The conviction that new technologies will solve the world's environmental and social problems has overly dominated early negotiations leading up to the Rio+20 summit in Brazil in June, a UN General Assembly meeting has heard.
Mentions of technology were "almost endless" in the first draft of the outcome document, known as the 'zero draft', according to Pat Mooney, executive director of the Action Group on Erosion, Technology and Concentration (ETC Group), a non-governmental organisation based in Canada.
The message conveyed was that "... as policymakers, there's no longer any need to make policies, all you need to do is let technology sort your problems for you", Mooney told the General Assembly's Interactive Dialogue on Harmony with Nature earlier this month (18 April).
Although the first zero draft has been revised several times since, he said, "there is an assumption of a 'techno fix' for every problem".
This article is part of our coverage of preparations for Rio+20 — the UN Conference on Sustainable Development — which takes place on 20-22 June 2012. For other articles, go to Science at Rio+20
Many leading areas of science and technology (S&T) are converging at the nano-scale, he said, giving rise to a belief that, together, biotechnology, genomics, nanotechnology and synthetic biology could solve various planetary crises, such as food crises, pandemics, limits to growth and peak oil.
Mooney acknowledged that S&T are "critical" to solving problems, but he said the debate leading up to Rio+20 remained too narrowly focused on solving the problem of technology transfer.
"Technology transfer is extraordinarily important, and it's a failing since 1992 [the first Earth Summit, in Rio] that we have not had adequate technology transfer."
But, in addition to this question of 'know-how', it was important to consider the 'know-what' and the 'know-why', he argued.
Calling for an international technology assessment system that could answer these questions, he said: "If you don't have in the UN system the capacity to address those three questions together, collectively, then something's going to go wrong ... and perhaps we are going to get it wrong in extraordinarily expensive ways".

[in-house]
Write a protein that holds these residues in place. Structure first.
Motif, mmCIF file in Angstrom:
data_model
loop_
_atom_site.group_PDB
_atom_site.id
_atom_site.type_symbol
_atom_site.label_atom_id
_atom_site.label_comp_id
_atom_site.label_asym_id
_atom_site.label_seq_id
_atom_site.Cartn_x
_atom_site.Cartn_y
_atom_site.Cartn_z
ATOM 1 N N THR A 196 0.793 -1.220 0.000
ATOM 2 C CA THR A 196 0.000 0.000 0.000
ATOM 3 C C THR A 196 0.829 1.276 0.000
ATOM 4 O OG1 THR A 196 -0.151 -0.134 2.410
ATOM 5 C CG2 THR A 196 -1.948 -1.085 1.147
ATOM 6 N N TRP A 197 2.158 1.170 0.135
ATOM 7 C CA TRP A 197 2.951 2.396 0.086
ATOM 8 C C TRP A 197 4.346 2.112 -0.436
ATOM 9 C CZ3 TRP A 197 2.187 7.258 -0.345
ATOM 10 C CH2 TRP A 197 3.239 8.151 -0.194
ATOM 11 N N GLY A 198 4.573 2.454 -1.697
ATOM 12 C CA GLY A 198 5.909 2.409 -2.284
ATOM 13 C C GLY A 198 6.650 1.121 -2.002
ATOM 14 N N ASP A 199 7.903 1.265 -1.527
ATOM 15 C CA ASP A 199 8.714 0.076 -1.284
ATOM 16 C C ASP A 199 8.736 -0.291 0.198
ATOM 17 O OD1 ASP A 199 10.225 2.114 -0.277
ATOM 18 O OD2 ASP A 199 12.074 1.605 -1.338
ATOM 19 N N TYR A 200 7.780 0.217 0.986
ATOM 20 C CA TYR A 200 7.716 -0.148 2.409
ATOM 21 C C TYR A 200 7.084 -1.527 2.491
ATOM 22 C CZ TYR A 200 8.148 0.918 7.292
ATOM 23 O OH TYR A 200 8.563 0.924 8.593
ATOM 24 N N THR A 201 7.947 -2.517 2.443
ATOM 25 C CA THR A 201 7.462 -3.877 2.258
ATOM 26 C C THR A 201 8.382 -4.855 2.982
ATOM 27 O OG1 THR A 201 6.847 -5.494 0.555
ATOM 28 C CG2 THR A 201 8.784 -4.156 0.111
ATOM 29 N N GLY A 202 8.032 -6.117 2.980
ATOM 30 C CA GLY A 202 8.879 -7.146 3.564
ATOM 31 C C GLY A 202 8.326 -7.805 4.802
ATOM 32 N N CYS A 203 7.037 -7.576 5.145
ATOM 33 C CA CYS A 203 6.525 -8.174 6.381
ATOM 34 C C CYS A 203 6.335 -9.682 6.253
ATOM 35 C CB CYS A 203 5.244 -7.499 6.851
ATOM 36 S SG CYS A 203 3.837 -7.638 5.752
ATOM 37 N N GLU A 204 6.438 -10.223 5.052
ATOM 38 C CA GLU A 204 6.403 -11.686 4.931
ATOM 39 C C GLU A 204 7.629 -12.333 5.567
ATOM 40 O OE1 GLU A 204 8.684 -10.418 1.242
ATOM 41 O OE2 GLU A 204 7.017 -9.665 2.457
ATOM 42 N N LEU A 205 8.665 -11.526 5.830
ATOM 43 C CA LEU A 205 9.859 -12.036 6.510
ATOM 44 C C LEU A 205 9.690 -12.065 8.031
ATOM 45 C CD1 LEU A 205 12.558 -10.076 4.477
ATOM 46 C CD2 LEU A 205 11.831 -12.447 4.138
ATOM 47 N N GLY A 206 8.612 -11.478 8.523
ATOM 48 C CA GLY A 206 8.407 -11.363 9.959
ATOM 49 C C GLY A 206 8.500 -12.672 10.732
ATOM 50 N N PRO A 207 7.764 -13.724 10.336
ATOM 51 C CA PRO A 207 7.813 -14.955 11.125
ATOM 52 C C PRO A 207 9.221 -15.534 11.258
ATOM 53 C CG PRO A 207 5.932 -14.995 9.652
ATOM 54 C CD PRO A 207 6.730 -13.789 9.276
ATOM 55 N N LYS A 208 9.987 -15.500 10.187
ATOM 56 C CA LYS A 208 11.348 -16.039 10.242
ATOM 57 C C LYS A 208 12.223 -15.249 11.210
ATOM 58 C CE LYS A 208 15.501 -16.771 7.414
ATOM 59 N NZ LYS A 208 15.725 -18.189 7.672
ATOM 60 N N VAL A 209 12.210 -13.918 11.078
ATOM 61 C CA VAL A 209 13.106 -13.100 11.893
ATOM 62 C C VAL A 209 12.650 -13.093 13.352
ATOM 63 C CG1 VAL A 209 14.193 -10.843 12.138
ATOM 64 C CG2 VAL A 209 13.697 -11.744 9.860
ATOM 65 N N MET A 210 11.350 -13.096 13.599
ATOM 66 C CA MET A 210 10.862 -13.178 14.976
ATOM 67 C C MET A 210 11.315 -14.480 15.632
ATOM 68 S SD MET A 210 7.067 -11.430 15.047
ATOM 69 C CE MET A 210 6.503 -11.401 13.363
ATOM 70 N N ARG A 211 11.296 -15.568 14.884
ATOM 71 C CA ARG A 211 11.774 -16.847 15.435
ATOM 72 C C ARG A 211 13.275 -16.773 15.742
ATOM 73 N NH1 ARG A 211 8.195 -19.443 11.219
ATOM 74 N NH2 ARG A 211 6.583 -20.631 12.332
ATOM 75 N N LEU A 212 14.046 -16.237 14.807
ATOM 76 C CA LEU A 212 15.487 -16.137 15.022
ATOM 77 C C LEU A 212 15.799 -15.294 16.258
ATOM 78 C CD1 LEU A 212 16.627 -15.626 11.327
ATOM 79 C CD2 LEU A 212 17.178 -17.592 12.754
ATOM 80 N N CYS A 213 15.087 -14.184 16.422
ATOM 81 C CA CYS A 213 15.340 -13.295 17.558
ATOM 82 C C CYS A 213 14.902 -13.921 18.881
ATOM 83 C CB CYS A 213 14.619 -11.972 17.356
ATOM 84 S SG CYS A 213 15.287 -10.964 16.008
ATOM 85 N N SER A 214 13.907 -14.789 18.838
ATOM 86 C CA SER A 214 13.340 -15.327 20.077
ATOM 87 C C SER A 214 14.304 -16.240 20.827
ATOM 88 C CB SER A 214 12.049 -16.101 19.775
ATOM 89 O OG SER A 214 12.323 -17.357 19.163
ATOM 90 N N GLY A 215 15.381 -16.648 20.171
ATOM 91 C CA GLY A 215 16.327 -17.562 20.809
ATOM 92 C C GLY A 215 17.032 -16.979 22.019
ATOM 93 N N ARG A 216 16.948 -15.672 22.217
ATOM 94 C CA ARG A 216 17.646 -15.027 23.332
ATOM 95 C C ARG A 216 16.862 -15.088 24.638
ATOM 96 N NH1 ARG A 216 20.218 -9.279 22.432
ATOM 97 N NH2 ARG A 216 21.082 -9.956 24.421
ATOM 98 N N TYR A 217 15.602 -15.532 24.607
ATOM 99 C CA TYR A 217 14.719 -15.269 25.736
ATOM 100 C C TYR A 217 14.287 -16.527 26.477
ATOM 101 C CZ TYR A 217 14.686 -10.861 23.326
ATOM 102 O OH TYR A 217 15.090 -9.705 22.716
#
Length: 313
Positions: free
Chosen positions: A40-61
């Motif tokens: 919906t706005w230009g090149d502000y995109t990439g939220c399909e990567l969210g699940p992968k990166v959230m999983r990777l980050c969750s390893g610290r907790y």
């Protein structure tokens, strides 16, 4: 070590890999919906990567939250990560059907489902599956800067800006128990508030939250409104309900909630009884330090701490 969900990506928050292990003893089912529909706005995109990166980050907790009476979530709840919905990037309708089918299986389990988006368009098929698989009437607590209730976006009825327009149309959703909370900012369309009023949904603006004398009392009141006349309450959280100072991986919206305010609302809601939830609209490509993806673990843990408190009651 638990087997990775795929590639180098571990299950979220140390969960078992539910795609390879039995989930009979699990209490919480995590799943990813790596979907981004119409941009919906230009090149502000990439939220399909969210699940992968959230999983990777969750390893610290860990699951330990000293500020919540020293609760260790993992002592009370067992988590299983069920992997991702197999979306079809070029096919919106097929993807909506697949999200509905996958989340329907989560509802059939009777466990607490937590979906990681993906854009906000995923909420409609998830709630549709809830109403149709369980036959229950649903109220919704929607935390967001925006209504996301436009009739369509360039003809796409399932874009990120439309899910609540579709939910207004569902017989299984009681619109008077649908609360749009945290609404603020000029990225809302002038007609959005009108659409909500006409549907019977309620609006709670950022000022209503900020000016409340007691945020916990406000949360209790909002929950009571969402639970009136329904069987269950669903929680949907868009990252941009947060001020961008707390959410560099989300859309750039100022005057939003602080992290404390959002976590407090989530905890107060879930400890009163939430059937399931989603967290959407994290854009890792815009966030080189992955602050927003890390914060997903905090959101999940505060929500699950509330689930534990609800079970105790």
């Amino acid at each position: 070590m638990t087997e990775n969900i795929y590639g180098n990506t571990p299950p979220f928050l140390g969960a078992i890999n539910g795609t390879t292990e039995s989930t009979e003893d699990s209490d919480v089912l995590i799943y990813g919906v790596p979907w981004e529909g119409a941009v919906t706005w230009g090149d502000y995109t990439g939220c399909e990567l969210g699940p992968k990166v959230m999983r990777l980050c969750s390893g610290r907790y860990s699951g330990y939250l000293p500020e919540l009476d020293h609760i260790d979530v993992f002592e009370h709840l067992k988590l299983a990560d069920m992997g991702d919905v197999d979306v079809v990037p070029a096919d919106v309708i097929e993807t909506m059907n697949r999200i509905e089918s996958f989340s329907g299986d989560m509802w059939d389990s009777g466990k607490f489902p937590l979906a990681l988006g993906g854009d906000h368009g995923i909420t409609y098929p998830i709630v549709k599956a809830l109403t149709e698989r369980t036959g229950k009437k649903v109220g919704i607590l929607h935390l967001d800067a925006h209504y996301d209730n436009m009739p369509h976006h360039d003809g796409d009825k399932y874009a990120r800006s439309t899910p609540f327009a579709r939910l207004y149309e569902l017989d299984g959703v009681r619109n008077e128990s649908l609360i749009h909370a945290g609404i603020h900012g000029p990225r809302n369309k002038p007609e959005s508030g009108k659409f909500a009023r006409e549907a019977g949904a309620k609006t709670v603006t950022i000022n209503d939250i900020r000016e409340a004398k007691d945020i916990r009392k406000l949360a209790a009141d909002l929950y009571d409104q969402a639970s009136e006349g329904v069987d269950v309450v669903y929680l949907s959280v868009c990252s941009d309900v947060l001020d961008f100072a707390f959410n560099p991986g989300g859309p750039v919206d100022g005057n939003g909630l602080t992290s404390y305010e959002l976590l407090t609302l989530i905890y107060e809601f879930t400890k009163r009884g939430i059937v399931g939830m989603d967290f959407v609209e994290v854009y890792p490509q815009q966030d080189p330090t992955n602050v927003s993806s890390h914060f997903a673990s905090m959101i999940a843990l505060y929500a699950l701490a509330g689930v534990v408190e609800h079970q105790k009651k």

Mooney argued that billions of dollars have been wasted, often by governments, on promising new technologies that have done little for the poor, citing examples such as nanotechnology and agro-biotechnology.
Adequate assessment might have led to better investment decisions, he said.
The International Council for Science (ICSU) — which co-led one of the official contributions to the zero draft — agreed that, while technology has a "huge" role to play, there had been a "fixation" on it in the first version of the zero draft.
"We were quite concerned that there seems to be lots of discussion of technology transfer rather than looking at interdisciplinary research: an overall picture of human society, behavioural change, consumption patterns, economics, is equally important," said Peter Bates, science officer for ICSU.
But he was cautious on the idea of a technology assessment body, saying that safety concerns needed to be balanced against stifling innovation.
Melissa Leach, director of the STEPS (Social, Technological and Environmental Pathways to Sustainability) Centre in the United Kingdom, agreed that there was a need for more technology assessment but said that, rather than this being done in a top-down way, it should involve participation across society.
Assessment should also recognise that most problems require a diversity of solutions, and will not respond well to a single fix, she said.
The second round of the 'Informal-informal' negotiations on the outcome document for Rio+20 continue this week (23 April–4 May).
This article is part of our coverage on Science at Rio+20.